Researchers Find Changes in Agriculture Increase High River Flow Rates
Study looked at Raccoon River watershed in Iowa
Source Newsroom: University of Iowa
Newswise — Just as a leaky roof can make a house cooler and wetter when it’s raining as well as hotter and dryer when it’s sunny, changes in land use can affect river flow in both rainy and dry times, say two University of Iowa researchers.
While it may be obvious that changes in river water discharge across the U.S. Midwest can be related to changes in rainfall and agricultural land use, it is important to learn how these two factors interact in order to get a better understanding of what the future may look like, says Gabriele Villarini, UI assistant professor of civil and environmental engineering, assistant research engineer at IIHR—Hydroscience & Engineering and lead author of a published research paper on the subject.
“We wanted to know what the relative impacts of precipitation and agricultural practices played in shaping the discharge record that we see today,” he says. “Is it an either/or answer or a much more nuanced one?
“By understanding our past we are better positioned in making meaningful statements about our future,” he says.
The potential benefits of understanding river flow are especially great in the central United States, particularly Iowa, where spring and summer floods have hit the area in 1993, 2008, 2013 and 2014, interrupted by the drought of 2012. Large economic damage and even loss of life have resulted, says co-author Aaron Strong, UI assistant professor in the Department of Urban and Regional Planning and with the Environmental Policy Program at the UI Public Policy Center.
“What is interesting to note,” says Strong, “is that the impacts, in terms of flooding, have been exacerbated. At the same time, the impacts of drought, for in-stream flow, have been mitigated with the changes in land use composition that we have seen over the last century.”
In order to study the effect of changes in agricultural practices on Midwest river discharge, the researchers focused on Iowa’s Raccoon River at Van Meter, Iowa. The 9,000-square-kilometer watershed has the advantage of having had its water discharge levels measured and recorded daily for most of the 20th century right on up to the present day. (The study focused on the period 1927-2012). During that period, the number of acres used for corn and soybean production greatly increased, roughly doubling over the course of the 20th century.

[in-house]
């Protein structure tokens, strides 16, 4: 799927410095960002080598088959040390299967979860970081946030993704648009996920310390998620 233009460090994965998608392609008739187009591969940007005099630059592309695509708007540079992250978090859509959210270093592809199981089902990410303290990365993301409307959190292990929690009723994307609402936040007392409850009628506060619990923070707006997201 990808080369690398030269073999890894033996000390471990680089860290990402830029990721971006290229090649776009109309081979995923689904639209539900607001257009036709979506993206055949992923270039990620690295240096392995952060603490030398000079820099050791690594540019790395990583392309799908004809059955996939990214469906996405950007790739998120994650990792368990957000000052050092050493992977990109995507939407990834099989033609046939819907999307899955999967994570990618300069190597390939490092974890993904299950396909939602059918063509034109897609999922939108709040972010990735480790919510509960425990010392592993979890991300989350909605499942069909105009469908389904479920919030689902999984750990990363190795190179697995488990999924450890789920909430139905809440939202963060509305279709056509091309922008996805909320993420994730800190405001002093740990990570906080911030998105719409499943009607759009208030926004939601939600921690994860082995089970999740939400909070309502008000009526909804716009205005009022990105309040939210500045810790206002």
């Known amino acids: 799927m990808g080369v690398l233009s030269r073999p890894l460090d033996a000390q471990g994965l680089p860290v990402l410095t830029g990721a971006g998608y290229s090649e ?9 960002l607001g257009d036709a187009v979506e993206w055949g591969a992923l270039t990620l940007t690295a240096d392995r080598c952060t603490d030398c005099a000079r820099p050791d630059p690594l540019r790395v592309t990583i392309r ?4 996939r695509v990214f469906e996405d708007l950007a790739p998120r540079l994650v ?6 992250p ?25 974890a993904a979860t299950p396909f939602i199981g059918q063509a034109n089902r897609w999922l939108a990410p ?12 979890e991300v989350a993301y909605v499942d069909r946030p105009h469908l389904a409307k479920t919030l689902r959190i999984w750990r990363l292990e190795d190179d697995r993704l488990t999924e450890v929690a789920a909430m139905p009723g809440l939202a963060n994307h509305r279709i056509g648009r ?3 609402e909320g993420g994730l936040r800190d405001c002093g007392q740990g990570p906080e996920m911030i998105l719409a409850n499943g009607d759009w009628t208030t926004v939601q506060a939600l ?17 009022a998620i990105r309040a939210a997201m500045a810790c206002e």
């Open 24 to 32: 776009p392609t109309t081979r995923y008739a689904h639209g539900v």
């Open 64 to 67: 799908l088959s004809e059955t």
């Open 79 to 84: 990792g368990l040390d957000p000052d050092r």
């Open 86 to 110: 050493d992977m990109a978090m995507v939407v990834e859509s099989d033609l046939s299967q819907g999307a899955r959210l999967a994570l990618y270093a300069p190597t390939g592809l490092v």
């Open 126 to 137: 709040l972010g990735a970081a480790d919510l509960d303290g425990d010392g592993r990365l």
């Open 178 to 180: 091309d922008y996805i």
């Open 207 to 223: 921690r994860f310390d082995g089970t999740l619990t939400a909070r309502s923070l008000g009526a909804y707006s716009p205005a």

Not surprisingly, they found that variability in rainfall is responsible for most of the changes in water discharge volumes.
However, the water discharge rates also varied with changes in agricultural practices, as defined by soybean and corn harvested acreage in the Raccoon River watershed. In times of flood and in times of drought, water flow rates were exacerbated by more or less agriculture, respectively. The authors suggest that although flood conditions may be exacerbated by increases in agricultural production, this concern “must all be balanced by the private concerns of increased revenue from agricultural production through increased cultivation.”
“Our results suggest that changes in agricultural practices over this watershed—with increasing acreage planted in corn and soybeans over time—translated into a seven-fold increase in rainfall contribution to the average annual maximum discharge when we compare the present to the 1930s,” Villarini says.
The UI research paper, “Roles of climate and agricultural practices in discharge changes in an agricultural watershed in Iowa,” can be found in the April 15 online edition of Agriculture, Ecosystems & Environment.